Gotham is Palantir's oldest and most established platform, it was designed for the US military and CIA. It essentially takes any type and volume of data and transforms it into a single coherent data asset. Palantir explains as more data flows into the platform it is enriched and mapped into meaningfully defined objects -- people, places, things, and events -- and the relationships that connect them.

Foundry is described by Palantir as the operating system for the modern enterprise. Not as bold as their claim for Gotham but still quite disruptive. Foundry was Palantir's entry into the commercial market. Foundry solves one of the biggest issues with AI data analysis, it works on real-world problems and not only in a lab. Data is one of the most valuable assets for many organisations and Palantir helps their customers to rapidly unlock this value. One of the first users of Foundry is Airbus. Airbus is a familiar name they are one of the largest commercial aircraft manufacturers. Have you ever given any thought to the logistics of designing, manufacturing and maintaining an aircraft with over 500 million parts? Then you need to start taking into account the hundreds of teams working all over the world in different factories. This was an absolute nightmare until Airbus partnered with Palantir. Foundry enabled them to process an enormous amount of data and to give the relevant answers to any query from management or the technician on the floor. Palantir also recently partnered with Scuderia Ferrari to use their data analysis to make race-time decisions. Their website shows numerous case studies on the impact that their software has made.

Apollo is described by Palantir as the operating system for continuous delivery and then they go on to state:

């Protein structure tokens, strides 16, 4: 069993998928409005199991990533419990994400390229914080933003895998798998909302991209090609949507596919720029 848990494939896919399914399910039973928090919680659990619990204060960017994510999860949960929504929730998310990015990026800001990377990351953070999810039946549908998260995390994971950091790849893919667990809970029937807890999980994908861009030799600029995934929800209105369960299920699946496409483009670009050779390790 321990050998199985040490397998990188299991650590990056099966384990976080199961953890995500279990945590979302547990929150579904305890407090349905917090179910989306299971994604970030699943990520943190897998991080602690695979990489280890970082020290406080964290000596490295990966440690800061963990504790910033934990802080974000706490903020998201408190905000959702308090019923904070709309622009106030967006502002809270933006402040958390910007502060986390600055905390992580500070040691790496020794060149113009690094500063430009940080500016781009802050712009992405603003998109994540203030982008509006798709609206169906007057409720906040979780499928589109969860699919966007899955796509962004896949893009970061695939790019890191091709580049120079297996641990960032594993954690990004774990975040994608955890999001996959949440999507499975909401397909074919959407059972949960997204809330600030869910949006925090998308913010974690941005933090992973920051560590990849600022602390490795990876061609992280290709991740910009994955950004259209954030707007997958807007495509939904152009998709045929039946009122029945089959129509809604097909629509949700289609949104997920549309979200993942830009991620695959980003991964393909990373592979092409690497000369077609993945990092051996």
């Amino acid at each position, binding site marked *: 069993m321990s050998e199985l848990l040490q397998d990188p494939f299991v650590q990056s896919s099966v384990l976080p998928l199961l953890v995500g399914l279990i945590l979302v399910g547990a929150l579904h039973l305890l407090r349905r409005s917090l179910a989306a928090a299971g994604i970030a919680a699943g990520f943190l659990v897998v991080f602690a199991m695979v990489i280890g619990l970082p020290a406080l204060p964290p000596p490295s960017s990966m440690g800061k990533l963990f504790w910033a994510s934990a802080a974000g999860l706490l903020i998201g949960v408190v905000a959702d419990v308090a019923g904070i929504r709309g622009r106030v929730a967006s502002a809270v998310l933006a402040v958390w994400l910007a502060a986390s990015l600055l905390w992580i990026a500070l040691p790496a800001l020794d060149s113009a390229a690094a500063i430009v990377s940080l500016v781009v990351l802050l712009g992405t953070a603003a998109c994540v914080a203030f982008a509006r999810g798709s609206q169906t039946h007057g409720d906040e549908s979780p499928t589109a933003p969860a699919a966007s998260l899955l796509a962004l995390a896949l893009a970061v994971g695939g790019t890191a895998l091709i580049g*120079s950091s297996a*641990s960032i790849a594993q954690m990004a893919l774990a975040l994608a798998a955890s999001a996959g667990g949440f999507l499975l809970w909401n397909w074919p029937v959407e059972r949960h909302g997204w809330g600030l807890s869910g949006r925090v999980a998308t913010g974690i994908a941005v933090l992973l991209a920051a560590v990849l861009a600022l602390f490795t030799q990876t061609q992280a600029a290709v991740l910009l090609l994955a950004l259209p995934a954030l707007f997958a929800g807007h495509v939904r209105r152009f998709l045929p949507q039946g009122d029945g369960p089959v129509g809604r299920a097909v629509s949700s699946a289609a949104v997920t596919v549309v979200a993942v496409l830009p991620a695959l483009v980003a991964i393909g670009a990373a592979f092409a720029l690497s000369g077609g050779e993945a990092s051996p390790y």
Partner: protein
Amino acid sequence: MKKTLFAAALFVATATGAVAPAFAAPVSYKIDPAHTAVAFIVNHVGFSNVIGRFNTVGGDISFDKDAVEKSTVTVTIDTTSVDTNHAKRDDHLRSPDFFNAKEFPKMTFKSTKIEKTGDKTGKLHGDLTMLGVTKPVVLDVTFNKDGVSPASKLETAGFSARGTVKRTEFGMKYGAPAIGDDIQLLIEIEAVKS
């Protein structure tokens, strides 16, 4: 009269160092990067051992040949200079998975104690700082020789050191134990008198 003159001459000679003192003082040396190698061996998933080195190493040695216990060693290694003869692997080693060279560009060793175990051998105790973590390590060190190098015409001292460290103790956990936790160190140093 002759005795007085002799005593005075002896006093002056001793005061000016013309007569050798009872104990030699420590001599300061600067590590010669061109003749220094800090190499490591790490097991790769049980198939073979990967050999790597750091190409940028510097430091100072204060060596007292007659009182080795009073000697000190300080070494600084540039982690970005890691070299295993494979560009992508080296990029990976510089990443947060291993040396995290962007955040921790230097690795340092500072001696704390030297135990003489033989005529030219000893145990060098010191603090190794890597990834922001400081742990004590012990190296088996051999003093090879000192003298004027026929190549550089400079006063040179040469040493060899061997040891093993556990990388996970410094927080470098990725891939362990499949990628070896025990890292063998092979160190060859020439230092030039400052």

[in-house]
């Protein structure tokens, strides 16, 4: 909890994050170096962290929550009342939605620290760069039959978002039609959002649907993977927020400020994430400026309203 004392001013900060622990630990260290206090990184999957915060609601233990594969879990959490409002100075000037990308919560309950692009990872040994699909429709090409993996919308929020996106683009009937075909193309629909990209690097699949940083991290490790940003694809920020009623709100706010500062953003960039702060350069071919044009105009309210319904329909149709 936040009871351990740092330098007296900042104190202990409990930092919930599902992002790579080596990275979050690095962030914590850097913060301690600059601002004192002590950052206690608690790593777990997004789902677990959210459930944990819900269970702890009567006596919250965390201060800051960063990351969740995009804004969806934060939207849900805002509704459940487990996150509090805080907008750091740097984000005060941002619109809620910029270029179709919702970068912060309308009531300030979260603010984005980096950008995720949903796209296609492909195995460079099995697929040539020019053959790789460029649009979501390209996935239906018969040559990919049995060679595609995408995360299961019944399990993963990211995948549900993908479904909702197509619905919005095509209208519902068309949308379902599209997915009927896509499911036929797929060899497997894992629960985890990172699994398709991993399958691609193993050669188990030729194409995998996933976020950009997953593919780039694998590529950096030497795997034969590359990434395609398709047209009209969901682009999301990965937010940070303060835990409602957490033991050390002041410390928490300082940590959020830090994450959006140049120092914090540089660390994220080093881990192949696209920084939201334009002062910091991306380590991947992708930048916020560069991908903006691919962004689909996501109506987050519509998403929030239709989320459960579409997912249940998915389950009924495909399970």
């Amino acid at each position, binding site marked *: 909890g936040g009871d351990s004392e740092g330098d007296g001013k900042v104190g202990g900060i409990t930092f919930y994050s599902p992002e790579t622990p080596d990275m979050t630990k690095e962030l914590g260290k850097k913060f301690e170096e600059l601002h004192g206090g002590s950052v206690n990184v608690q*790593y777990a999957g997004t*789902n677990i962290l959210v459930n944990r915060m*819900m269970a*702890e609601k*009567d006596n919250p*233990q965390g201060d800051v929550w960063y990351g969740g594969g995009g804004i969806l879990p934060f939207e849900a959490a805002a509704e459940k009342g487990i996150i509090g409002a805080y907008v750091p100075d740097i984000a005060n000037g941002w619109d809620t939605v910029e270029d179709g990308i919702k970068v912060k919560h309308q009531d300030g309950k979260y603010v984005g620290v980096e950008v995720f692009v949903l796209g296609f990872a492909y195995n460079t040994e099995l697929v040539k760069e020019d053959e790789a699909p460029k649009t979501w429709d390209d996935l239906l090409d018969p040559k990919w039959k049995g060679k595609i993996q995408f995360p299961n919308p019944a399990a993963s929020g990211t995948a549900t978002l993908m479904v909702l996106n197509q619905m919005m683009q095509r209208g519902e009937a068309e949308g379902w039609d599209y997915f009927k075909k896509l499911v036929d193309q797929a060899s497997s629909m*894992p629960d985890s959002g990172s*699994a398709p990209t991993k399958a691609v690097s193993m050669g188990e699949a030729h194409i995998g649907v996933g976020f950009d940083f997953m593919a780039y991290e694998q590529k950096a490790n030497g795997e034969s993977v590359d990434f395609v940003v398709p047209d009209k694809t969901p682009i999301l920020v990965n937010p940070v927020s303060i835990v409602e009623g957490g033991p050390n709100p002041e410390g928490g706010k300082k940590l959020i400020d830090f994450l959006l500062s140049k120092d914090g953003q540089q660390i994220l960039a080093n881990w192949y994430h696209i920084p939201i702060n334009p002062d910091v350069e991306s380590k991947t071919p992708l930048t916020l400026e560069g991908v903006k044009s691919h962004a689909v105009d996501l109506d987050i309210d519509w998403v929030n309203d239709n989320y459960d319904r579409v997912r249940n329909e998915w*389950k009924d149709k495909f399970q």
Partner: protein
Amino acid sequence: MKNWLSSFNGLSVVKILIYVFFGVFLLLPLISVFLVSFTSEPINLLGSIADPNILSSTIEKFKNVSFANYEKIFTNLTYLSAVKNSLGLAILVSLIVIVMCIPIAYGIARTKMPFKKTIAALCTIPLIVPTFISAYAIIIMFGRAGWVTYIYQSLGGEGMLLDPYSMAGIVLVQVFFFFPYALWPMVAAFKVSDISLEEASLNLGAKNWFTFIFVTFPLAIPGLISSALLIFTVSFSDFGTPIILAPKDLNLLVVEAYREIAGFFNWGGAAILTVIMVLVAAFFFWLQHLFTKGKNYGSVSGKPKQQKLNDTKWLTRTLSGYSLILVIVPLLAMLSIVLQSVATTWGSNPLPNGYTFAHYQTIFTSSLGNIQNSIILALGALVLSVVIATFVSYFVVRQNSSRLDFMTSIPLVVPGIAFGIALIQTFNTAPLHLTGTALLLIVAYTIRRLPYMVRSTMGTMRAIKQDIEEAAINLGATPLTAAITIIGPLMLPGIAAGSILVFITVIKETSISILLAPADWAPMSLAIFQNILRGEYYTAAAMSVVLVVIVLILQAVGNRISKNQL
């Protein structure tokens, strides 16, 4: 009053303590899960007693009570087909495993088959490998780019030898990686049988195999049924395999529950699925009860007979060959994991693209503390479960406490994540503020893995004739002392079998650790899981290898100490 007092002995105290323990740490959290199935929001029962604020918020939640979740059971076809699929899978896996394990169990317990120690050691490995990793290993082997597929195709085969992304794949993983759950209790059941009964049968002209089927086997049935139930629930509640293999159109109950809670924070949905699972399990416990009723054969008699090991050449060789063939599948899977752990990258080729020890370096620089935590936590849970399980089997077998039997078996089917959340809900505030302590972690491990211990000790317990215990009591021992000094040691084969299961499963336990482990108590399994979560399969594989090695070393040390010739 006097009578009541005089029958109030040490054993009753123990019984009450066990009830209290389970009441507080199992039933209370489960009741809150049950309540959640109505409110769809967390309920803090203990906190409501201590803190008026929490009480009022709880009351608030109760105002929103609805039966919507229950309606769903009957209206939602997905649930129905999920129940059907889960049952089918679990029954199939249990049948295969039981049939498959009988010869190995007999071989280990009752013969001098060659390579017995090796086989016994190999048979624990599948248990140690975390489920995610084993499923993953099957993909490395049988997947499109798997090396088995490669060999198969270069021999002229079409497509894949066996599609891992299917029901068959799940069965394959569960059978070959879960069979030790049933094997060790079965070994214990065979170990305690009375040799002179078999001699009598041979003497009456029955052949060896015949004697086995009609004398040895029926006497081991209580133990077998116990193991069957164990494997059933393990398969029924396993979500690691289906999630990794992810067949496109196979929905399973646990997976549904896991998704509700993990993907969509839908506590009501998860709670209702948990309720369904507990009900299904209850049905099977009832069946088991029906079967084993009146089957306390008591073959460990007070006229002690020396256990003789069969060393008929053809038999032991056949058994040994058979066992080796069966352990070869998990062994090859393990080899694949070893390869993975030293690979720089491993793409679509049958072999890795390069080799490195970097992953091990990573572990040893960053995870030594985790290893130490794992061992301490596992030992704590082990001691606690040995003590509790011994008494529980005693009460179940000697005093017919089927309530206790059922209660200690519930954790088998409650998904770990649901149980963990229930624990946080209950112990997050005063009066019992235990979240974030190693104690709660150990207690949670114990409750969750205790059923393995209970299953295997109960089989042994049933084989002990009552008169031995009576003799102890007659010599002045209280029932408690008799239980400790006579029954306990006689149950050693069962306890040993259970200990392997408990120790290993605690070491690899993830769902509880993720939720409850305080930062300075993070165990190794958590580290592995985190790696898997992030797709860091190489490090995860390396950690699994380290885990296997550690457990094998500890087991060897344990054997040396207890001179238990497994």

Going where no SaaS has gone before. 

This description is the most cryptic of the three and it is also their newest product. Apollo is actually the backbone of both Gotham and Foundry. Gotham usually runs on-premise, firstly because when it was launched the cloud was still in its infancy and secondly it was used for mission-critical operations. Foundry was launched in 2016 as a cloud-native SaaS. Most customers prefer this option and even the government uses it since it has been given FedRAMP Moderate and DoD IL-5 clearance, the highest authorisation for any SaaS.

When Palantir realised that some of their clients need a platform that removes the operating environment constraint, they decided to build Apollo as a standalone product. Apollo leverages the power of the Cloud 2.0. A typical SaaS company runs in the public cloud on one cloud server. Apollo seamlessly integrates on any cloud, regardless of whether it is Azure, Google, AWS or even the CIAs cloud. It can run across clouds and creates a true multi-cloud SaaS. The platform can now be deployed on any device anywhere in the world. It has even been deployed in space and on a submarine. Palantir plans to release a new suite of products for the Apollo platform on the 27th of April.


Palantir's moat (8/10)

An economic moat is a term conceptualised by legendary investor Warren Buffet. It is most easily described as a distinct advantage that the company has over its rivals. This advantage can come in many forms, but it should be able to protect the company's market share, future growth and profit.

Network Effect

One important distinguishing fact for Palantir is that they do not have customers in the conventional sense of the word, they rather establish partnerships. We can see the effect of this in the net dollar retention rate of 131% which show the stickiness of Palantir's products. 

The agnostic nature of Palantir's software architecture creates a strong network effect within an organisation. It can be used across different divisions by both technical and non-technical staff. This leads to scalability within an organisation.

Switching Cost